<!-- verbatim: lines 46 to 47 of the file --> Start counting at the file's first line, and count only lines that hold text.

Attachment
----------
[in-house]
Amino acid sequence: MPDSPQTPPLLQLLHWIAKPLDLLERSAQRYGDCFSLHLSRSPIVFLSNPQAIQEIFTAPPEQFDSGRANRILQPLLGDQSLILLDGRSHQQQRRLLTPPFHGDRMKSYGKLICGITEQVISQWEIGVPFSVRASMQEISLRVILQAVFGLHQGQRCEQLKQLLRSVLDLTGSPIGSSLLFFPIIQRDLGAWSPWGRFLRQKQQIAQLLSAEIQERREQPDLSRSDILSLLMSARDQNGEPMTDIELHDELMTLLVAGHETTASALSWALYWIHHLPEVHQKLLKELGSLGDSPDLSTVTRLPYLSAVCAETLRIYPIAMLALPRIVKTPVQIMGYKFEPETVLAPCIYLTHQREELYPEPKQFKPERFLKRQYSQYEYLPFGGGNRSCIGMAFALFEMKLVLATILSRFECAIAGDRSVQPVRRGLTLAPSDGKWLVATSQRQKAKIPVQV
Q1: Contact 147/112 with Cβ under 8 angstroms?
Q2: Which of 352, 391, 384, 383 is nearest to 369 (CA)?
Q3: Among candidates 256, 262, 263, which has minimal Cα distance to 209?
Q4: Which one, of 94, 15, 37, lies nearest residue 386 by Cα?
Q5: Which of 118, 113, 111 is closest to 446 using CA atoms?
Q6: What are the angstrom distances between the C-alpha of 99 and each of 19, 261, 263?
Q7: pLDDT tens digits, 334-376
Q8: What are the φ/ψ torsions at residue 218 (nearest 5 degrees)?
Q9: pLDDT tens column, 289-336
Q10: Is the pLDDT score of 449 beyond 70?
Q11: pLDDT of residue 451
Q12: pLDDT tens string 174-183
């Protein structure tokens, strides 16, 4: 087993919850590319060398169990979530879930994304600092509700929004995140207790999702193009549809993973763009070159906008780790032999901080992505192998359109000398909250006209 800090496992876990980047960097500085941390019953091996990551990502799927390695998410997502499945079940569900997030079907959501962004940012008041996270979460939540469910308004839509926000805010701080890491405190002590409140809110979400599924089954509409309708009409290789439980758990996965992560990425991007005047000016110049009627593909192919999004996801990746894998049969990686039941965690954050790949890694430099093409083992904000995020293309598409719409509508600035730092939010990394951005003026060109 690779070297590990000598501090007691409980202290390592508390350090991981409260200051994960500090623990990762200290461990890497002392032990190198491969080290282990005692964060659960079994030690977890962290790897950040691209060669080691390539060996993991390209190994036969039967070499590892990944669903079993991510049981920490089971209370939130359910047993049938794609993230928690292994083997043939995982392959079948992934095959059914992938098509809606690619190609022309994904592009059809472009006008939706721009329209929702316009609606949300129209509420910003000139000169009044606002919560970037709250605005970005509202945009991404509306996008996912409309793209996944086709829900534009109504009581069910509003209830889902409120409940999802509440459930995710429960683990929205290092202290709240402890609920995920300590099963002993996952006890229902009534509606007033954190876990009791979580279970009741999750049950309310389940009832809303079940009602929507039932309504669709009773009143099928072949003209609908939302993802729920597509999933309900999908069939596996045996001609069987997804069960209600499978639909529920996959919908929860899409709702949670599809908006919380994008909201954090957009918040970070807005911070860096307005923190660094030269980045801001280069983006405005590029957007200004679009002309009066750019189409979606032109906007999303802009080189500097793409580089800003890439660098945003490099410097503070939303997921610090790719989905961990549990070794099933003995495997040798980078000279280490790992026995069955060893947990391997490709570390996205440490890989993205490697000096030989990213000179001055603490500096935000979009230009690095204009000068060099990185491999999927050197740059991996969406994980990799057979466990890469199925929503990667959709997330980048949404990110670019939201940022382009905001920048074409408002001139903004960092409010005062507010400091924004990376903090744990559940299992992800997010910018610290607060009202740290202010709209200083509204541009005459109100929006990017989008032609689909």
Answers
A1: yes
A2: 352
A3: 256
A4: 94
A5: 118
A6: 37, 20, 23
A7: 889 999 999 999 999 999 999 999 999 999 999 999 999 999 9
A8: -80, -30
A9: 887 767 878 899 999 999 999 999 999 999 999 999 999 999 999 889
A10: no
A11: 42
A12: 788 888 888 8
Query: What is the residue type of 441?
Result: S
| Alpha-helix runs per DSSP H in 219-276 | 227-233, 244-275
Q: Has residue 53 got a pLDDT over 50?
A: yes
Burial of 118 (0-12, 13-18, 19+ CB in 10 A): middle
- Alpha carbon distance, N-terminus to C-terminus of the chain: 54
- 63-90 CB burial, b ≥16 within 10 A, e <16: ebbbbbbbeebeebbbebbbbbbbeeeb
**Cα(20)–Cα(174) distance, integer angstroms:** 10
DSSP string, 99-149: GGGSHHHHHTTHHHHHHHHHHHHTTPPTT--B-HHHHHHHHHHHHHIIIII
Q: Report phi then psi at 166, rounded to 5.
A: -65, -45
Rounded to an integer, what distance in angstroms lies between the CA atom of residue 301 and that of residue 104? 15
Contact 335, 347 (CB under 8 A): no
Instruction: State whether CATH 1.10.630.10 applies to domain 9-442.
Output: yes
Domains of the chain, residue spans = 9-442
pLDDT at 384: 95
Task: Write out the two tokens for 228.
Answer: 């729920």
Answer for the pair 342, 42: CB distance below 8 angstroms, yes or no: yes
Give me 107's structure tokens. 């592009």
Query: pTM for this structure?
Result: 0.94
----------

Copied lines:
pLDDT at 384: 95
Task: Write out the two tokens for 228.